Did John Elkann, the throne behind the power of Fiat Chrysler Automobiles NV, just strike a vaguely audible note of desperation?
“If you look at doing something with the ‘Big Guys,’ our internal analysis indicates that you could end up with annual savings close to $10 billion,” the FCA chairman wrote in his letter to shareholders of Exor SpA, the Italian holding company that controls FCA (and a whole lot else). “But you need two to tango and most of our competitors are busy with the great opportunities that technological disruption has to offer.
“Some of FCA’s competitors are convinced that they should ... embrace disruption with new technologies and business models that address the ‘mobility’ market,” he wrote in advance of FCA’s annual meeting Friday in Amsterdam, “which is twice as big as the one just selling new vehicles.”
Exactly, pinpointing the conundrum facing FCA and CEO Sergio Marchionne. Even as the likes of General Motors Co. and Ford Motor Co. invest heavily in their traditional car and truck lines — and show exactly zero interest in any tie-ups — FCA’s cross-town rivals also are busy placing big bets in the mobility space lest Silicon Valley heavies and startups beat them to the punch.
FCA mostly can’t, financially speaking. Its core car and truck business, heavily dependent on the Jeep and Ram brands, is less evenly profitable; its luxury strategy, pinned to Maserati and Alfa Romeo, remains in the slow lane; its global footprint is less strategically placed in higher-growth markets.
And FCA’s overt presence in the emerging three buckets of so-called “mobility” — ride- and car-sharing, connectivity and autonomous cars — is considered far behind GM and Ford. Add Toyota Motor Corp. and Germany’s Big Three, and the gap widens further.
A deal with one of those “Big Guys” would enable Exor to exit a capital-intensive business expected to become even more so in coming years. But seeking such a transaction, even actively campaigning again for one, does not guarantee getting one. Especially not in a post-consolidation era that eyes such deals warily because almost all of them fail to deliver as promised.
If you need evidence that a hierarchy of “Haves and Have Nots” is emerging in the global auto industry, Elkann’s Exor letter stands as Exhibit 1A. Joining it as Exhibit 1B would be ol’ Sergio’s classic “Confessions of a Capital Junkie,” his argument a year ago that consolidation is the only cure to the industry’s addiction to capital incineration and comparatively low returns on invested capital.
Maybe for such a Have Not as FCA. The Haves? Not so much. With its returns on invested capital exceeding the industry average, and its North American cash-generating break-even point way below catastrophic recession levels, a company like GM (or Ford) cannot afford not to play in the mobility space.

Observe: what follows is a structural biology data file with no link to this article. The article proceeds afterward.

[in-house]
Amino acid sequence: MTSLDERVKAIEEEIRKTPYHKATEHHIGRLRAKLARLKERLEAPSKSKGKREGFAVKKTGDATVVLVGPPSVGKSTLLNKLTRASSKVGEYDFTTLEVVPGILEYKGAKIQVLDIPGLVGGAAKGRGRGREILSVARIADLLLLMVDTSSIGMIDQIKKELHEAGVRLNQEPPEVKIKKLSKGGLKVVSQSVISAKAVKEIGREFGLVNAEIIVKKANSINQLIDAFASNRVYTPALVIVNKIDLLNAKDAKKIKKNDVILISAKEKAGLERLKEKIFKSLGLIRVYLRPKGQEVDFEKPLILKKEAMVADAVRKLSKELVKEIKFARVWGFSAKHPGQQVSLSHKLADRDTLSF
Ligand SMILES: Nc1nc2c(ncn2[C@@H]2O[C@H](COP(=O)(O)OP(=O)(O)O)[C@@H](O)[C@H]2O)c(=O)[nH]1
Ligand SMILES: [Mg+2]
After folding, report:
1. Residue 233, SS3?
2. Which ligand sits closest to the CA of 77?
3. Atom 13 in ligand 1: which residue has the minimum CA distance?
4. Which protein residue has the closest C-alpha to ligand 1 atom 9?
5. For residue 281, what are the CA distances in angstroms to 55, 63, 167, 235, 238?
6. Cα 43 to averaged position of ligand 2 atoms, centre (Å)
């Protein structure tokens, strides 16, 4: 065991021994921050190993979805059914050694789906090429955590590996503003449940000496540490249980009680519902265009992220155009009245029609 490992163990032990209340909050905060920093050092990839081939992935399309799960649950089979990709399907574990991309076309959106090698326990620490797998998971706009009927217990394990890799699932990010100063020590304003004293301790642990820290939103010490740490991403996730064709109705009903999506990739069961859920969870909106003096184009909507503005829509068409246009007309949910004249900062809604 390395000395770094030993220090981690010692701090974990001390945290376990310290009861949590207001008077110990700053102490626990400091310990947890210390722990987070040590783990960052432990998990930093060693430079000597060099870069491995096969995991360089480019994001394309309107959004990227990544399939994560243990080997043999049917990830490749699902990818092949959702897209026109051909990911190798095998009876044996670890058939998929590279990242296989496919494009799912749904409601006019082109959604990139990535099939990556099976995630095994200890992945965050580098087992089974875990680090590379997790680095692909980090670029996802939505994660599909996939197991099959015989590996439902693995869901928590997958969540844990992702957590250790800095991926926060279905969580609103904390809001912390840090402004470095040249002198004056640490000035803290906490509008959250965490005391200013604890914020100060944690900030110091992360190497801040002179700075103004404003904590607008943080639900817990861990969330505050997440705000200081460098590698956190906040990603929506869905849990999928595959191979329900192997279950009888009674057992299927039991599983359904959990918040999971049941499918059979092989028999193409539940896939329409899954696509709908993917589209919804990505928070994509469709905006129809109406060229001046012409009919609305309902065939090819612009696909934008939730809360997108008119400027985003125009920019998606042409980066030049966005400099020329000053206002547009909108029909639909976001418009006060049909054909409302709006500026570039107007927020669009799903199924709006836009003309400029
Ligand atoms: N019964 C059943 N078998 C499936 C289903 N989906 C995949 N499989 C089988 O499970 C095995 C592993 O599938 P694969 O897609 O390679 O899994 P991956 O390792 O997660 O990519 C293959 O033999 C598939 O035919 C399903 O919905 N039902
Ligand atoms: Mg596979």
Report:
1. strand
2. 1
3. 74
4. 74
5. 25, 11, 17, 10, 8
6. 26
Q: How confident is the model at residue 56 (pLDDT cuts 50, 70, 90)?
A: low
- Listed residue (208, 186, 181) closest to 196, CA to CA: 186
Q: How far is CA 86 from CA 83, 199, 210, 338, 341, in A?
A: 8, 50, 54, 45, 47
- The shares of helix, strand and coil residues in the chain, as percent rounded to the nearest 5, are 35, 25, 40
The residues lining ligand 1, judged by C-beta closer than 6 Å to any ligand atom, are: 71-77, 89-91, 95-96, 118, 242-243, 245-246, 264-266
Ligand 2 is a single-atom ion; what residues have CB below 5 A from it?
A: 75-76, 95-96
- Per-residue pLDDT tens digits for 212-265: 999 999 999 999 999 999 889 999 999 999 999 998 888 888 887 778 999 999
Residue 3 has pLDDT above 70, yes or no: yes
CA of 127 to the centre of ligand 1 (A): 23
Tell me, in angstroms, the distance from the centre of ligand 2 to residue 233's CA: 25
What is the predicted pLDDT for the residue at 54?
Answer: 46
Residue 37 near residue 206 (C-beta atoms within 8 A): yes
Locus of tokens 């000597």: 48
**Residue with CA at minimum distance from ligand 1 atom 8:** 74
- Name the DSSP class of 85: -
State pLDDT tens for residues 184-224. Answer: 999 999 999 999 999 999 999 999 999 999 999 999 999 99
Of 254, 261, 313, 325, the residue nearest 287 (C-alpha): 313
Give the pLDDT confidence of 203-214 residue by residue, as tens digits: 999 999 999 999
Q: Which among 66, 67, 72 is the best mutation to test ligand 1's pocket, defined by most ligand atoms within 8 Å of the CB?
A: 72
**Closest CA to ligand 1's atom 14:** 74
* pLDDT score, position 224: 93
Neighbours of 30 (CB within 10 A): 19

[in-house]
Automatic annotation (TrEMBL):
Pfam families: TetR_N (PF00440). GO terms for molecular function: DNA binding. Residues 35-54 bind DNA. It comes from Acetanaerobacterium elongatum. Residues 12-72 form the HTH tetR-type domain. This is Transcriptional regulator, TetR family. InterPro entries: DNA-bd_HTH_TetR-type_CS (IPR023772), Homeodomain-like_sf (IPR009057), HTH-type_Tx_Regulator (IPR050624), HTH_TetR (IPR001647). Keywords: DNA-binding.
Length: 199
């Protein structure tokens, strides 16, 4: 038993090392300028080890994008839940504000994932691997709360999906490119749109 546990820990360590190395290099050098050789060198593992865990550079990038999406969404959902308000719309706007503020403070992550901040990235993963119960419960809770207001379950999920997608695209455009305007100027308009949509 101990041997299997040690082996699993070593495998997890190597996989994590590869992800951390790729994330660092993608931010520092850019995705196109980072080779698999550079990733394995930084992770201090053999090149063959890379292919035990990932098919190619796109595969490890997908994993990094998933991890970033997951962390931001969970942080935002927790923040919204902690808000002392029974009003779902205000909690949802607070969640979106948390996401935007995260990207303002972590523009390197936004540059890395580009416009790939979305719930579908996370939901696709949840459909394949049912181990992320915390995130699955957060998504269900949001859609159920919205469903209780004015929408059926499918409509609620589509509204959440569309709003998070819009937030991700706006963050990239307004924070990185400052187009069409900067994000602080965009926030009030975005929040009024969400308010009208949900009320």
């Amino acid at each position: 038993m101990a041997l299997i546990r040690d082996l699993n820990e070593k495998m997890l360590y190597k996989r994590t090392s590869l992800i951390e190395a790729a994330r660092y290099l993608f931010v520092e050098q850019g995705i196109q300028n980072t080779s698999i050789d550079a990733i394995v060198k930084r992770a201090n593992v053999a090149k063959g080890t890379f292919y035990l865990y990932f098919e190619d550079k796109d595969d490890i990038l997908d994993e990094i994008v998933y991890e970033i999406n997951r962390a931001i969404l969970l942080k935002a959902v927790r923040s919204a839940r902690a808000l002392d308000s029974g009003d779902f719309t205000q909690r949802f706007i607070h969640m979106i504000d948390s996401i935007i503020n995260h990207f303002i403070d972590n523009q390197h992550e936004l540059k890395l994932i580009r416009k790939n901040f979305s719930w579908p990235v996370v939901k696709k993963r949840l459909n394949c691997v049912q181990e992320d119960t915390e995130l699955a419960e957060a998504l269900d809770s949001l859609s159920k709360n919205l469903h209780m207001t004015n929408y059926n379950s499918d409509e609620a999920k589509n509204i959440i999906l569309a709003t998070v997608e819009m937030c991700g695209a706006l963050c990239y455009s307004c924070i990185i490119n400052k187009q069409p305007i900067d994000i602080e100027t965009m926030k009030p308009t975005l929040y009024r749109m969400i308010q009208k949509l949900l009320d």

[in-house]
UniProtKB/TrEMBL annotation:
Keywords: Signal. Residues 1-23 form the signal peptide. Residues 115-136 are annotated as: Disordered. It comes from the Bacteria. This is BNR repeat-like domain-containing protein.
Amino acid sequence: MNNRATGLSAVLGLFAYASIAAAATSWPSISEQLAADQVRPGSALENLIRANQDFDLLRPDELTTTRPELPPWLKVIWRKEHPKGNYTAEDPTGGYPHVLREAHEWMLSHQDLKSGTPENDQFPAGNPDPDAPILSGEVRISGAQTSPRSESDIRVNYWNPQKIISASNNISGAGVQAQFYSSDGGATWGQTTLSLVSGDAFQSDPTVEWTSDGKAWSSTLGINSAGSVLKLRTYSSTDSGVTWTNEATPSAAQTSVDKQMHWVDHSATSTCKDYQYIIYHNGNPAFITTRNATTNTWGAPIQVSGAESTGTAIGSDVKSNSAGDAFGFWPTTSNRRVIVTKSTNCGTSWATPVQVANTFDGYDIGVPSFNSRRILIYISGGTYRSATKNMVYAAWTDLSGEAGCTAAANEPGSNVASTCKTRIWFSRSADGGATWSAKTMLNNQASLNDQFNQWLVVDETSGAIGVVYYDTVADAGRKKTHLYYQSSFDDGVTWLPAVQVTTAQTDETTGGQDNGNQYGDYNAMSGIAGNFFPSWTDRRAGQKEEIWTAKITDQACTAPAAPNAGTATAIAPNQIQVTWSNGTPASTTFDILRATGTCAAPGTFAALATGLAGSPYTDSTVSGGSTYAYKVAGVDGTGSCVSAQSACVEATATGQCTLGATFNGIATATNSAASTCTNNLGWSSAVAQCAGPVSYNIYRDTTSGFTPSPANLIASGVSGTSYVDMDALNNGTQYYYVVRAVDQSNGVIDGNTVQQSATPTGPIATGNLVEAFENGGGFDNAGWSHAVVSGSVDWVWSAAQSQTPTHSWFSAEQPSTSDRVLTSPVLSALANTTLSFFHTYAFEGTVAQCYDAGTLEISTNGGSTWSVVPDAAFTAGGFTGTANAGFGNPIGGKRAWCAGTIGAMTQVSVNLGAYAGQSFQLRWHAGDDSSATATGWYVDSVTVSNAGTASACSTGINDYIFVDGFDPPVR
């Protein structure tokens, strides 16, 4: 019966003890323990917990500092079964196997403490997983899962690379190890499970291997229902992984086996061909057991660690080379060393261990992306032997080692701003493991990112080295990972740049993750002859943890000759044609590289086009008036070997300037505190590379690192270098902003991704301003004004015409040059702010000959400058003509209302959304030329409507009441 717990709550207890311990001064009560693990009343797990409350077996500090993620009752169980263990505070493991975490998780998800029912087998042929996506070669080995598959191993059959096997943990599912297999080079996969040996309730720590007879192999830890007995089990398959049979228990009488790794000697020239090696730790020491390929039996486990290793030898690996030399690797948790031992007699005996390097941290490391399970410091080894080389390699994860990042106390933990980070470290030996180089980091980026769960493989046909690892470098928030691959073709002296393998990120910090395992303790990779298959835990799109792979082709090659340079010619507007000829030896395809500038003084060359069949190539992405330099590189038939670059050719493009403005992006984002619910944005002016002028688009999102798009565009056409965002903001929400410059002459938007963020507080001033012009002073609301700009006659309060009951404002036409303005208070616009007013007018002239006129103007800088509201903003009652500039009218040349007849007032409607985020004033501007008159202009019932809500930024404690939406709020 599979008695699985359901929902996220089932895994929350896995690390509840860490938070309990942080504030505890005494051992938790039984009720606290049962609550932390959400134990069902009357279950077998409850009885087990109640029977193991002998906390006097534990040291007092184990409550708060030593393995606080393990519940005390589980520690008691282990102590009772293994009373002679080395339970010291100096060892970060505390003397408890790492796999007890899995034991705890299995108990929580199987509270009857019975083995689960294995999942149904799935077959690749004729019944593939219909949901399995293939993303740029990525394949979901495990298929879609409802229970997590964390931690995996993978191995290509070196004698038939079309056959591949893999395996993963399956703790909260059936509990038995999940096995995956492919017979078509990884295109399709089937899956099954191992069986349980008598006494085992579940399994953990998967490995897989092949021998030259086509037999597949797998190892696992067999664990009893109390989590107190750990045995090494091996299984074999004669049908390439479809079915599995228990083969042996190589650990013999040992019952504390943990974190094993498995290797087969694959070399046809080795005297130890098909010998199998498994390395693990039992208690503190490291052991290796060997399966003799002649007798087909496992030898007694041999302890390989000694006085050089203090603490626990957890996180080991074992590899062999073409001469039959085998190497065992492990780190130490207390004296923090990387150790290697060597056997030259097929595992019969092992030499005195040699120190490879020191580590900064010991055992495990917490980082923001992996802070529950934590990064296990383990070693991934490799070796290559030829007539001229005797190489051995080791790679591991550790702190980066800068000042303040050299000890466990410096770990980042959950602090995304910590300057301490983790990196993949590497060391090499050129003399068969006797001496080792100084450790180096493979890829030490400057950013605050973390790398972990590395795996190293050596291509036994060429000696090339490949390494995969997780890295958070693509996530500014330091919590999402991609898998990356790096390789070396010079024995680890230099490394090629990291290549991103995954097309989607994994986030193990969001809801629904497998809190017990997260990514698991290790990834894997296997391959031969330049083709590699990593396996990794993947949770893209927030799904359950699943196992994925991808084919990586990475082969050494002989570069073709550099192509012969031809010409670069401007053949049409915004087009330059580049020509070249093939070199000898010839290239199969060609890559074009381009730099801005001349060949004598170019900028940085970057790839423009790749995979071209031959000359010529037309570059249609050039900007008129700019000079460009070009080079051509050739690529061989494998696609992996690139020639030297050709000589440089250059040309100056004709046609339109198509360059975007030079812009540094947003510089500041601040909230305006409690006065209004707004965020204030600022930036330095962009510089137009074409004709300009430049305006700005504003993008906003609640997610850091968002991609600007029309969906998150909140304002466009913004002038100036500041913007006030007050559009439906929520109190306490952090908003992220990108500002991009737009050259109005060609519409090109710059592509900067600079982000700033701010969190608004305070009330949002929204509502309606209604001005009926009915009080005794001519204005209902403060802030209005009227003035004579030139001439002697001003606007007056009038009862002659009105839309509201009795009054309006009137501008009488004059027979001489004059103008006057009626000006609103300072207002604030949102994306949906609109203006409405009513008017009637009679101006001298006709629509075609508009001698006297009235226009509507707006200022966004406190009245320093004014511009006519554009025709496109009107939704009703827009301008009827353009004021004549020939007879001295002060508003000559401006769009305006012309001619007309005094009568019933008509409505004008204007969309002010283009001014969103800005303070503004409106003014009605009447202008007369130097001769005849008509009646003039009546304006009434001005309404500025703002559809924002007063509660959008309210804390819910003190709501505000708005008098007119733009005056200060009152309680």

Ford estimates “transportation services” to be a $5.4 trillion business opportunity, nearly twice the size of the $2.4 trillion global auto industry churning out traditional cars and trucks. Savvy shareholders would rightly consider management derelict if it stuck to the business it knows and ceded mobility opportunities to techies with lots of cash and a bigger appetite for risk.
Elkann evidently knows this, which explains his readiness to tout the findings of McKinsey & Co.’s “Automotive 2030” report to Exor shareholders. His overarching point: “Even in a high-disruption scenario, shared vehicles will account for only 9 percent of new vehicles sales. So 90 percent of vehicles will still be sold to private owners — just as they are today!”
He continues: “Ultimately even in a high-disruption scenario, new car sales will increase from $2.75 trillion in 2015 to $4 trillion in 2030, which is still a massive industry! Boring old car makers need to figure out how to make this profitable and guard against falling into the 1990(s) trap of ignoring that business while chasing profits in other parts of the value chain.”
True. FCA might want to heed his advice. Look, Elkann arguably could have headed that section of his letter “What, me worry?” No one who thinks deeply about these issues would dispute that the vast number of vehicles sold over the next 15 years is likely to be private buyers who intend to drive their vehicles.
But connected and visual technologies enabling driverless cars inevitably will claim a piece of that business, most likely rewarding the players with higher multiples (and, thus, higher market capitalization) while punishing those on the sidelines.
The whole point driving GM and Ford into the space is to persuade investors that they’re more than “boring old car makers” and should be valued that way. If he could, Elkann would be making the same point to his shareholders.
Daniel Howes’ column runs Tuesdays, Thursdays and Fridays. Follow him on Twitter @DanielHowes_TDN, or catch him 3 and 10 p.m. Thursdays on Michigan Radio’s “Stateside,” 91.7 FM.